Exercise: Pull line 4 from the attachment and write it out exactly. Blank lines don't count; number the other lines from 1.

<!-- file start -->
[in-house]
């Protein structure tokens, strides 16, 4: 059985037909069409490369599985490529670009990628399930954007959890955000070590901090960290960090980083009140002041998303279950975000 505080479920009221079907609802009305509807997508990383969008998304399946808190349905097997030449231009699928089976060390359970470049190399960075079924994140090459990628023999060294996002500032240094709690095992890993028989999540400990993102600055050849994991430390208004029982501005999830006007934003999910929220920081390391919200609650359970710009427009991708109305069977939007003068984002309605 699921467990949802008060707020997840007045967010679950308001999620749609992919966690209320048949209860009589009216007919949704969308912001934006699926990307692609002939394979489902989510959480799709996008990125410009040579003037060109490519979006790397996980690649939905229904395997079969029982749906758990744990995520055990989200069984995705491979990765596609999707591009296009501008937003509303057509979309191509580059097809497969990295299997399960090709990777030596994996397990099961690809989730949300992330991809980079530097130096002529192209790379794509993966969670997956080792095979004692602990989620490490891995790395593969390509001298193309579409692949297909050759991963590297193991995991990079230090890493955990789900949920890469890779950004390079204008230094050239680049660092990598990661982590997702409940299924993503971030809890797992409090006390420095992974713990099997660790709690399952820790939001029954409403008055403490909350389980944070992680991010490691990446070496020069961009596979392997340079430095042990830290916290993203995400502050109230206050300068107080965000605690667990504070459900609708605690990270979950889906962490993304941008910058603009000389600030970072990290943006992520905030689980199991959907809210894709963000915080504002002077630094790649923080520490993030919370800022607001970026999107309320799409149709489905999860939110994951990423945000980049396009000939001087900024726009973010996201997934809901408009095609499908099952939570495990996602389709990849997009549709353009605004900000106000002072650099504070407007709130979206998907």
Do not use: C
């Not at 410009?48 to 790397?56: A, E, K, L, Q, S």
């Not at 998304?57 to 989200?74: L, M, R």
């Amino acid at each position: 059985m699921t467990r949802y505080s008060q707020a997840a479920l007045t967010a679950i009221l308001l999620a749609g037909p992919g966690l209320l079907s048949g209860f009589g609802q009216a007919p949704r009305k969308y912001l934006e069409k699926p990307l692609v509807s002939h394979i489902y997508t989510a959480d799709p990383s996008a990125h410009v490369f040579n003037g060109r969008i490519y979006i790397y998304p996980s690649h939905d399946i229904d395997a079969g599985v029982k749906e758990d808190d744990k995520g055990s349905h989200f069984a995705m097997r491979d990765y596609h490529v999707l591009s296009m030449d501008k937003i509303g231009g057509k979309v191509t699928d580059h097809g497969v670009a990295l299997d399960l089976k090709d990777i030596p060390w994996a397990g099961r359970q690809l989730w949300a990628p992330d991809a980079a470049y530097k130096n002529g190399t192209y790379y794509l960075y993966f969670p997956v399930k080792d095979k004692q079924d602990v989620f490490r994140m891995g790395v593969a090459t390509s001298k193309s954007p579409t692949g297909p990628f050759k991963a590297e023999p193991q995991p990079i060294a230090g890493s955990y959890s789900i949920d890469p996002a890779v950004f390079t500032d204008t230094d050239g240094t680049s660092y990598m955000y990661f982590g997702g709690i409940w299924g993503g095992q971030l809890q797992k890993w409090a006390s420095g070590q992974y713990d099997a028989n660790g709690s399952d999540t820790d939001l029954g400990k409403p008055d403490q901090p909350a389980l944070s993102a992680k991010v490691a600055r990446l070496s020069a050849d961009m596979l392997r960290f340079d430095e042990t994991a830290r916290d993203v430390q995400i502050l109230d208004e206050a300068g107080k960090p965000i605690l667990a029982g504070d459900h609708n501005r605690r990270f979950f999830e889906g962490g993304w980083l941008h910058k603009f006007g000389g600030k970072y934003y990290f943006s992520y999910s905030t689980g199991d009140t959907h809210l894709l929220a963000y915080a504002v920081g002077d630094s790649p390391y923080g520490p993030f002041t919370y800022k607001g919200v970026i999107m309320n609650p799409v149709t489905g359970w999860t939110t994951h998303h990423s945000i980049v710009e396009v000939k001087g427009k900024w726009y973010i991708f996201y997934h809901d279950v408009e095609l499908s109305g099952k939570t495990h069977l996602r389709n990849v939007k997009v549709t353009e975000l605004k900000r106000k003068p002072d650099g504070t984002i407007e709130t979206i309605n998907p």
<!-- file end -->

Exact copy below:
């Not at 410009?48 to 790397?56: A, E, K, L, Q, S």